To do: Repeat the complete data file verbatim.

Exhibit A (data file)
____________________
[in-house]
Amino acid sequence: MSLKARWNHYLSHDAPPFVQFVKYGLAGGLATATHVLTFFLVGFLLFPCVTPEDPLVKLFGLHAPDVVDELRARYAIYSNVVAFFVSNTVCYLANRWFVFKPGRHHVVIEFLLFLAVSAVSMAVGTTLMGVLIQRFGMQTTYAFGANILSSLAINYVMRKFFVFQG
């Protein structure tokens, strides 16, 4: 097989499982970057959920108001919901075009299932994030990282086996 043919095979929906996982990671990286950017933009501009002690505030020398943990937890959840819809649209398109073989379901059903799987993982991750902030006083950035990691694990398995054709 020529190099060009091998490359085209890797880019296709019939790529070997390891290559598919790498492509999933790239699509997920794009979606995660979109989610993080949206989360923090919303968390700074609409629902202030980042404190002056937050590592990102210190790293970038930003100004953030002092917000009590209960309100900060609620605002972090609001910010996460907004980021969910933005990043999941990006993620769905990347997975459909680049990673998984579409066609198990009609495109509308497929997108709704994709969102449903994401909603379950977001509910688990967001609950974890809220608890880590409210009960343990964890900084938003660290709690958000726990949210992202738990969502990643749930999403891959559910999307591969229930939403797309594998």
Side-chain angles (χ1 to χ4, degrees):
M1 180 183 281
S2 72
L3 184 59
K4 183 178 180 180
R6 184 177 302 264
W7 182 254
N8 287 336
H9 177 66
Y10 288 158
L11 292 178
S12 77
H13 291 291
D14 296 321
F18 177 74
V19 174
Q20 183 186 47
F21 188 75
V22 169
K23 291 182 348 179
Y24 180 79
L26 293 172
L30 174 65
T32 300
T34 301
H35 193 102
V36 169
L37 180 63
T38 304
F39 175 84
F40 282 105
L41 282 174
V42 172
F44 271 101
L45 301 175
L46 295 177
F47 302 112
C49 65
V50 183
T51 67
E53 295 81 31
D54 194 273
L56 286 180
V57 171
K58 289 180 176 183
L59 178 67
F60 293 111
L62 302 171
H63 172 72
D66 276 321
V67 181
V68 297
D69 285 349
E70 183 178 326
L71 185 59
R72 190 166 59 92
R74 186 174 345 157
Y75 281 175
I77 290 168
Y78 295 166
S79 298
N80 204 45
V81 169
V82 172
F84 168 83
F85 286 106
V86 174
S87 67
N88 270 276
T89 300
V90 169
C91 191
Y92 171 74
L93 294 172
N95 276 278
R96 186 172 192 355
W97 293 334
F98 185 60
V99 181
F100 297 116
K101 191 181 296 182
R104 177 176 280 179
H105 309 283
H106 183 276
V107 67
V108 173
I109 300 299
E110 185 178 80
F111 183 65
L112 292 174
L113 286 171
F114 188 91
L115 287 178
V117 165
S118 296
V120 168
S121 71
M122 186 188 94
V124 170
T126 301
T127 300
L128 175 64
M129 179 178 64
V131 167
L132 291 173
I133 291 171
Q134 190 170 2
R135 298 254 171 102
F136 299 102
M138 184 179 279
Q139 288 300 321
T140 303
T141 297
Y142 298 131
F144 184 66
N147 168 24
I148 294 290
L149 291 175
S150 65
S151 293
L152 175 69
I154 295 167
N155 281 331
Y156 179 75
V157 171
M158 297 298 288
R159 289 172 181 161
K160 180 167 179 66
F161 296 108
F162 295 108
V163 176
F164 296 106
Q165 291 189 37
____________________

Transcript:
[in-house]
Amino acid sequence: MSLKARWNHYLSHDAPPFVQFVKYGLAGGLATATHVLTFFLVGFLLFPCVTPEDPLVKLFGLHAPDVVDELRARYAIYSNVVAFFVSNTVCYLANRWFVFKPGRHHVVIEFLLFLAVSAVSMAVGTTLMGVLIQRFGMQTTYAFGANILSSLAINYVMRKFFVFQG
């Protein structure tokens, strides 16, 4: 097989499982970057959920108001919901075009299932994030990282086996 043919095979929906996982990671990286950017933009501009002690505030020398943990937890959840819809649209398109073989379901059903799987993982991750902030006083950035990691694990398995054709 020529190099060009091998490359085209890797880019296709019939790529070997390891290559598919790498492509999933790239699509997920794009979606995660979109989610993080949206989360923090919303968390700074609409629902202030980042404190002056937050590592990102210190790293970038930003100004953030002092917000009590209960309100900060609620605002972090609001910010996460907004980021969910933005990043999941990006993620769905990347997975459909680049990673998984579409066609198990009609495109509308497929997108709704994709969102449903994401909603379950977001509910688990967001609950974890809220608890880590409210009960343990964890900084938003660290709690958000726990949210992202738990969502990643749930999403891959559910999307591969229930939403797309594998």
Side-chain angles (χ1 to χ4, degrees):
M1 180 183 281
S2 72
L3 184 59
K4 183 178 180 180
R6 184 177 302 264
W7 182 254
N8 287 336
H9 177 66
Y10 288 158
L11 292 178
S12 77
H13 291 291
D14 296 321
F18 177 74
V19 174
Q20 183 186 47
F21 188 75
V22 169
K23 291 182 348 179
Y24 180 79
L26 293 172
L30 174 65
T32 300
T34 301
H35 193 102
V36 169
L37 180 63
T38 304
F39 175 84
F40 282 105
L41 282 174
V42 172
F44 271 101
L45 301 175
L46 295 177
F47 302 112
C49 65
V50 183
T51 67
E53 295 81 31
D54 194 273
L56 286 180
V57 171
K58 289 180 176 183
L59 178 67
F60 293 111
L62 302 171
H63 172 72
D66 276 321
V67 181
V68 297
D69 285 349
E70 183 178 326
L71 185 59
R72 190 166 59 92
R74 186 174 345 157
Y75 281 175
I77 290 168
Y78 295 166
S79 298
N80 204 45
V81 169
V82 172
F84 168 83
F85 286 106
V86 174
S87 67
N88 270 276
T89 300
V90 169
C91 191
Y92 171 74
L93 294 172
N95 276 278
R96 186 172 192 355
W97 293 334
F98 185 60
V99 181
F100 297 116
K101 191 181 296 182
R104 177 176 280 179
H105 309 283
H106 183 276
V107 67
V108 173
I109 300 299
E110 185 178 80
F111 183 65
L112 292 174
L113 286 171
F114 188 91
L115 287 178
V117 165
S118 296
V120 168
S121 71
M122 186 188 94
V124 170
T126 301
T127 300
L128 175 64
M129 179 178 64
V131 167
L132 291 173
I133 291 171
Q134 190 170 2
R135 298 254 171 102
F136 299 102
M138 184 179 279
Q139 288 300 321
T140 303
T141 297
Y142 298 131
F144 184 66
N147 168 24
I148 294 290
L149 291 175
S150 65
S151 293
L152 175 69
I154 295 167
N155 281 331
Y156 179 75
V157 171
M158 297 298 288
R159 289 172 181 161
K160 180 167 179 66
F161 296 108
F162 295 108
V163 176
F164 296 106
Q165 291 189 37